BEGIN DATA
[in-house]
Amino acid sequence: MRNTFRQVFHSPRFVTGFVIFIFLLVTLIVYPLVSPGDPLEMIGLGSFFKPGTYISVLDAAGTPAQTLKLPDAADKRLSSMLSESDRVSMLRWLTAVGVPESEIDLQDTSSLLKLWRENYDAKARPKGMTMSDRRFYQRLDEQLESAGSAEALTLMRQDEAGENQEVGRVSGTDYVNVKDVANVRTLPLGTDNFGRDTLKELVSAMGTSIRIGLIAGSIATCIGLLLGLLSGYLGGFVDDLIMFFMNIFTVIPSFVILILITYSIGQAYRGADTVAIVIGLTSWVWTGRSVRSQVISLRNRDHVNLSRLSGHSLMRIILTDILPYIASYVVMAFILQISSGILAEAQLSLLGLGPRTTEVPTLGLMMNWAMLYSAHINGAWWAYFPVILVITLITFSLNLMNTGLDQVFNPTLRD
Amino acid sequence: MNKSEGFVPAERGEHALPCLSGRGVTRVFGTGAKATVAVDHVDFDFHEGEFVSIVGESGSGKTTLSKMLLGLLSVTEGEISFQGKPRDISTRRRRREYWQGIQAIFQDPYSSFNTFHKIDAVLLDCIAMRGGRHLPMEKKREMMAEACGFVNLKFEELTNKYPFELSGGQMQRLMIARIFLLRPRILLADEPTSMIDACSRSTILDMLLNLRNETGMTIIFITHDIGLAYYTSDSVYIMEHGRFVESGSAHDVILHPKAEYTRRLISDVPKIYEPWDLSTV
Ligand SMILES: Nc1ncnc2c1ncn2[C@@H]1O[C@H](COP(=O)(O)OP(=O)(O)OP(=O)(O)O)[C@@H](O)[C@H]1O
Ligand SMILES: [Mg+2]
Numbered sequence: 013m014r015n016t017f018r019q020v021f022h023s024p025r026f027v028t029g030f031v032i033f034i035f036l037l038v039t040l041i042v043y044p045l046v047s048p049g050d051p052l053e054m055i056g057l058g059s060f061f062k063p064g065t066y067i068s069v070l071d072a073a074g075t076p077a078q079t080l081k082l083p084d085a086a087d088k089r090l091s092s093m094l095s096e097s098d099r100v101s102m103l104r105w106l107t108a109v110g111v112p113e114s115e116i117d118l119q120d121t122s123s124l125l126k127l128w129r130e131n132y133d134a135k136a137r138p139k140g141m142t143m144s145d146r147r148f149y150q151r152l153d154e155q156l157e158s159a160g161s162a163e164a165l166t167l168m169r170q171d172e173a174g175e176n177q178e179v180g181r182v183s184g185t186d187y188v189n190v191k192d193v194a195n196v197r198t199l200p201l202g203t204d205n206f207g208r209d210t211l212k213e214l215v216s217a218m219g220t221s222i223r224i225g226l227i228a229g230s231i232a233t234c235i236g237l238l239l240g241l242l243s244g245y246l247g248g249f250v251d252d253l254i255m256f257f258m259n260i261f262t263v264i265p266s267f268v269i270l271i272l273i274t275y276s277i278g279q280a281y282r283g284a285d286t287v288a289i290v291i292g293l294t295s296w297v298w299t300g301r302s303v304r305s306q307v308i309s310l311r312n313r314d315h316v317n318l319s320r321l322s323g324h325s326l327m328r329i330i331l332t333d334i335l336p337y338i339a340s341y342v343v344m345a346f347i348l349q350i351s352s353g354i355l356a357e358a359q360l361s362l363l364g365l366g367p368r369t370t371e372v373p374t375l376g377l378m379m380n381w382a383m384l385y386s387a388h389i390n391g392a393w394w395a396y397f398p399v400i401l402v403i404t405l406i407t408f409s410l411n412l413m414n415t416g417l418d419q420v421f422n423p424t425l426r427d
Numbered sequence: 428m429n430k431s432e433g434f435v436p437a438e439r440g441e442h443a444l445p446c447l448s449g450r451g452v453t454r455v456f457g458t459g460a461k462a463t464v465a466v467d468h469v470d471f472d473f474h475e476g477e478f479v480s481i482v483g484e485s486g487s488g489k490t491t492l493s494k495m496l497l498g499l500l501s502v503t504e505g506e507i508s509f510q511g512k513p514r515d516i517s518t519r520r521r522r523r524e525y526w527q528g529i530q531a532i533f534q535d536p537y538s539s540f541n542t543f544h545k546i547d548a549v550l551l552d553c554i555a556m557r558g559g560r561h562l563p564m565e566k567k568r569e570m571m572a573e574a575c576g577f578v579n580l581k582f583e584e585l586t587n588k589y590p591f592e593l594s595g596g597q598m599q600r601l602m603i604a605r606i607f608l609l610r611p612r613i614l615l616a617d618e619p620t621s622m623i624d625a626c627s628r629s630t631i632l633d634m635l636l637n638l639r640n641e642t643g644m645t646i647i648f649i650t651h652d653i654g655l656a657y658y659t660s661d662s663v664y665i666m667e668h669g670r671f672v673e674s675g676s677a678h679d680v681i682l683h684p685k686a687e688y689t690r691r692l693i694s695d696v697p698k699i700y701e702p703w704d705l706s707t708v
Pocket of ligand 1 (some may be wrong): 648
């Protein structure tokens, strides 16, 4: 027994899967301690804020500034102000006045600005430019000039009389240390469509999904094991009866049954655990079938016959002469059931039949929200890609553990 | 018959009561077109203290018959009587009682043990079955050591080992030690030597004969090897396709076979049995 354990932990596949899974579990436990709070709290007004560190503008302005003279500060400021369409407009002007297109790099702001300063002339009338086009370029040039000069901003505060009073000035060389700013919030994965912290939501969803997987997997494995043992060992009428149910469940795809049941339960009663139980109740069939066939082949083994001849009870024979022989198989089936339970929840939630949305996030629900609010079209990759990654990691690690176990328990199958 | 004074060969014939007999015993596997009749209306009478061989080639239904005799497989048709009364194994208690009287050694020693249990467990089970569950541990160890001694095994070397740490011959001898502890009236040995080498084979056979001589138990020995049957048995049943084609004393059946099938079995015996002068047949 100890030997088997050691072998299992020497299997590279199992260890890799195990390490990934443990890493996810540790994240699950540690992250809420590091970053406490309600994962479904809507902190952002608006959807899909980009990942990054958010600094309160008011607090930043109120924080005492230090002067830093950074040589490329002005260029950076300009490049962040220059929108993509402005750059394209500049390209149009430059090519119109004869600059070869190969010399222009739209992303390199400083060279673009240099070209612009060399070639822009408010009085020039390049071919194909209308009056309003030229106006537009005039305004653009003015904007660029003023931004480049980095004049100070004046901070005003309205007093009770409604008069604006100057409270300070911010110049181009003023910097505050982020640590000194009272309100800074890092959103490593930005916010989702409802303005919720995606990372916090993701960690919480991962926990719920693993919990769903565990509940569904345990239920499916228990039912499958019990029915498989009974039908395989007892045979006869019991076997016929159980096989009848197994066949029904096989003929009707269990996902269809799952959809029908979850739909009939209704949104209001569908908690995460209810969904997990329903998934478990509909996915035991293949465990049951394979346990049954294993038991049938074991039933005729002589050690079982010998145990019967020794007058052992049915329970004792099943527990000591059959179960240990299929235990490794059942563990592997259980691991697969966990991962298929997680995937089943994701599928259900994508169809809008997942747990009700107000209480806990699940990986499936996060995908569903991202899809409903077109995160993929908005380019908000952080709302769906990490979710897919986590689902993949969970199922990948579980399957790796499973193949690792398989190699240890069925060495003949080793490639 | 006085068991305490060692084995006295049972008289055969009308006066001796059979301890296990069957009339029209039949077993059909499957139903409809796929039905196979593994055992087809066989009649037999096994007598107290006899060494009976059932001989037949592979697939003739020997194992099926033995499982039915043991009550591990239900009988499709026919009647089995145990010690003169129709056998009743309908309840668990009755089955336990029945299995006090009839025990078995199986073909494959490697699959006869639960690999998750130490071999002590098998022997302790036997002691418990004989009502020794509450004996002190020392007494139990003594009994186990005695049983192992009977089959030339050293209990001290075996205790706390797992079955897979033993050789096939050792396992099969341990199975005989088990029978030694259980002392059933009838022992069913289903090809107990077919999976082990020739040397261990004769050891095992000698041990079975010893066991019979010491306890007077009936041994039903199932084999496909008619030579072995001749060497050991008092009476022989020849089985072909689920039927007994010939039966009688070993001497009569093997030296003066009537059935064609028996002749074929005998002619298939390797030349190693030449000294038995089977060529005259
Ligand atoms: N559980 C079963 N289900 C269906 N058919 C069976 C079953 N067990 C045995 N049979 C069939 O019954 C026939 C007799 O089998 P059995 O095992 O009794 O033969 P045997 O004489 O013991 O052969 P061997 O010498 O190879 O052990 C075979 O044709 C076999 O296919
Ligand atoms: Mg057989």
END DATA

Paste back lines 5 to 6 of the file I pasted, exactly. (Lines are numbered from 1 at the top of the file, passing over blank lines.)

Ligand SMILES: [Mg+2]
Numbered sequence: 013m014r015n016t017f018r019q020v021f022h023s024p025r026f027v028t029g030f031v032i033f034i035f036l037l038v039t040l041i042v043y044p045l046v047s048p049g050d051p052l053e054m055i056g057l058g059s060f061f062k063p064g065t066y067i068s069v070l071d072a073a074g075t076p077a078q079t080l081k082l083p084d085a086a087d088k089r090l091s092s093m094l095s096e097s098d099r100v101s102m103l104r105w106l107t108a109v110g111v112p113e114s115e116i117d118l119q120d121t122s123s124l125l126k127l128w129r130e131n132y133d134a135k136a137r138p139k140g141m142t143m144s145d146r147r148f149y150q151r152l153d154e155q156l157e158s159a160g161s162a163e164a165l166t167l168m169r170q171d172e173a174g175e176n177q178e179v180g181r182v183s184g185t186d187y188v189n190v191k192d193v194a195n196v197r198t199l200p201l202g203t204d205n206f207g208r209d210t211l212k213e214l215v216s217a218m219g220t221s222i223r224i225g226l227i228a229g230s231i232a233t234c235i236g237l238l239l240g241l242l243s244g245y246l247g248g249f250v251d252d253l254i255m256f257f258m259n260i261f262t263v264i265p266s267f268v269i270l271i272l273i274t275y276s277i278g279q280a281y282r283g284a285d286t287v288a289i290v291i292g293l294t295s296w297v298w299t300g301r302s303v304r305s306q307v308i309s310l311r312n313r314d315h316v317n318l319s320r321l322s323g324h325s326l327m328r329i330i331l332t333d334i335l336p337y338i339a340s341y342v343v344m345a346f347i348l349q350i351s352s353g354i355l356a357e358a359q360l361s362l363l364g365l366g367p368r369t370t371e372v373p374t375l376g377l378m379m380n381w382a383m384l385y386s387a388h389i390n391g392a393w394w395a396y397f398p399v400i401l402v403i404t405l406i407t408f409s410l411n412l413m414n415t416g417l418d419q420v421f422n423p424t425l426r427d